So I am extending an invitation to all writers, published or unpublished, neophyte or master, to join the group. If you’re like most people who join Facebook to make connections, you don’t have any idea how to go about it, so this group will help you get to know people, and it might teach you something — or give you a chance to tell others what you know.

Here’s where you find the group:
Suspense/Thriller Writers 
Here’s where you find my profile (add me as a friend):
Pat Bertram
Here are some of our discussions:
Voice
Branding
Backstory
Characterization
How Real Life Experiences Influence Fiction
Using Facebook for Promotion
Gifts From the Muses
Layering, The Art of Building an Onion From the Inside Out
Titles: What Makes a Good One
What is a Storyteller’s Obligation to History?
How Do We Make Our Writing the Best We Can?
How Do You Promote Your Book When You’re Shy?
What Makes a Story or Scene Suspenseful?
Fan Fiction: Parody or Tribute?

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Free Exclamation Points for Everyone!!!

In celebration of National Punctuation Day (it was four days ago, but who’s counting?) I’m giving away exclamation points to everyone to use as you wish. Or better yet, to not use.

During an online discussion about punctuation, a participant said she wanted one basic rule for exclamation points. My response: “If you want just one rule for exclamation points? Don’t use them.” We get so used to flinging exclamation points around in online comments and emails that we think they belong everywhere, but an exclamation point is often an unnecessary elbow nudge.

“Oh, how fun.”

“Oh, how fun!”

“Oh, how fun,” he exclaimed.

“Oh, how fun!” he exclaimed.

The exclamation in the first example is understood, so a period works just fine. The middle two examples are gramatically correct, though they do tend to poke you in the side to make sure you get the point. The exclamation point in the fourth example is redundant if you use the speaker attribute. And the speaker attribute is telling something we already know if you use the exclamation point. Of course, pointing this out will not change your ways; despite rules and helpful hints, we all have our own quirks when it comes to punctuation, and as I learned during the discussion, we will argue our points even when proven wrong.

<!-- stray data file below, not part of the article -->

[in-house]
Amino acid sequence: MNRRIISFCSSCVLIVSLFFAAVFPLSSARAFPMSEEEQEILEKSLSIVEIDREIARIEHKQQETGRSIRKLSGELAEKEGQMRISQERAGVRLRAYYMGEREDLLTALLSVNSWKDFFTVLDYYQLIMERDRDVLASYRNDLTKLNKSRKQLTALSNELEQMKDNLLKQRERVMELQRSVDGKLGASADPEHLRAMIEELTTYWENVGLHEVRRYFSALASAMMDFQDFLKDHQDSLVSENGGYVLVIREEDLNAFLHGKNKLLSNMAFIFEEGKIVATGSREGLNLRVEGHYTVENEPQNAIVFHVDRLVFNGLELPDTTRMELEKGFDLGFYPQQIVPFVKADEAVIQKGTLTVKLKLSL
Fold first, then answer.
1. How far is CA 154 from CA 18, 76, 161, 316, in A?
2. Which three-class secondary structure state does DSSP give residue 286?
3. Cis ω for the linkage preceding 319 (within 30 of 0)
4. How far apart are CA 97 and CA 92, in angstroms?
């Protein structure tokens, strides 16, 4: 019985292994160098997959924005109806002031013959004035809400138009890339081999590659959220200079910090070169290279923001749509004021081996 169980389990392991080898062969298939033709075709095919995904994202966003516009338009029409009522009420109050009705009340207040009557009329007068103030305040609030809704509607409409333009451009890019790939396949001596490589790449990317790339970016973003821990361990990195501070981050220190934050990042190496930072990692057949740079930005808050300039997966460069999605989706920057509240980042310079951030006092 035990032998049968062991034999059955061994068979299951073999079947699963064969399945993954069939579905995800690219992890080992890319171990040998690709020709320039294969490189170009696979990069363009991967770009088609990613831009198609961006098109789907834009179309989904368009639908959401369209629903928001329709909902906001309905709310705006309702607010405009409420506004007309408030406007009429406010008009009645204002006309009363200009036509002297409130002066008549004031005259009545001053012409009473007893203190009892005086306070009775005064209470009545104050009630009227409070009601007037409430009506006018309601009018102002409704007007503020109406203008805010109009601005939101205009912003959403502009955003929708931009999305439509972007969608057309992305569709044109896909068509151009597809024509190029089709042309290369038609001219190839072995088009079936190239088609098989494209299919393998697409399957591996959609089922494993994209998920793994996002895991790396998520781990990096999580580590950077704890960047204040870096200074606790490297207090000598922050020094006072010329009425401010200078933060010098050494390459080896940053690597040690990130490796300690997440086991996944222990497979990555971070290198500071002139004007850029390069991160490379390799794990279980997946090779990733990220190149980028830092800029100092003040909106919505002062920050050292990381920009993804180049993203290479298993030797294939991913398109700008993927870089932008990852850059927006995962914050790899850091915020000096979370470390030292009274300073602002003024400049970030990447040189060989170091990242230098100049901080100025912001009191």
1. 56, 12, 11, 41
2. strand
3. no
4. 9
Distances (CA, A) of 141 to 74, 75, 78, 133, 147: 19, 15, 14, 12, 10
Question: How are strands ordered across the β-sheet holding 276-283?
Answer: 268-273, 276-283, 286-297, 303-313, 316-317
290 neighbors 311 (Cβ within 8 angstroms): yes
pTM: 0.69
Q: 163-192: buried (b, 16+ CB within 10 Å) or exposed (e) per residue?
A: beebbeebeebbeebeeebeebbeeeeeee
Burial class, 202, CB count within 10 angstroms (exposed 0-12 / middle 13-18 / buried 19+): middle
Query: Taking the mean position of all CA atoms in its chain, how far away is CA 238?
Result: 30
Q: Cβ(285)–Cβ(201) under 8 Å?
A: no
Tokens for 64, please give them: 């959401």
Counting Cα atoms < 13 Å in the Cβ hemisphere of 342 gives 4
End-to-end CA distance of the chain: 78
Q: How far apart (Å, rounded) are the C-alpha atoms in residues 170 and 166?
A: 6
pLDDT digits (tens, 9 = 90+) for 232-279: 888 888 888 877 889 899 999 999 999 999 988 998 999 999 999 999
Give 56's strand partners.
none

So, use or do not use your free exclamation points. They are yours. A gift from me.

A Writer Writes. Always?

A writer writes. Always.

Or so they say. (Whoever “they” are.) Many professional authors write for six months a year and spend the other six months promoting. This does not make such writers less than those who doggedly sit down every day and churn out a quota of words. A writer writes, of course. But always? So much goes into writing — thinking, outlining, researching, learning the craft — that it’s hard to tell when a writer is not working. 

I’m one of those writers who carry on imaginary conversations with my characters. I always plan to jot  down these conversations , but I usually have them when I am out walking, and by the time I get home, most of them are out of my head. A lot comes back when I sit down to write, and some of those conversations end up in the story.  Are these conversations writing? Of course not. But they are part of the writing process.  It is the process, the focus– getting into the story and staying there, keeping it in the back of our minds when we are doing other things, filtering our lives through the mesh of the story — that makes us writers, not simply word counts. 

Does writing this article count as “a writer writes; always”? Probably not. But I am writing, and writing this blog helps me focus my thoughts. Is editing considered writing? I don’t know. Still, I’ve been going through my finished manuscripts once more, taking out all the bits that fail to support the focus of the story, and  now those novels are better focused on the theme. But that editing cuts into my writing time. Does researching book marketing techniques count as writing? I doubt it, but writers who intend to be published one day need to know how to promote their book. All these things that take me away from my work-in-progress help focus my life around writing. Help focus my attention on writing. 

Maybe a better way of describing a writer is” a writer writes, and when a writer isn’t writing, a writer is focused on writing.”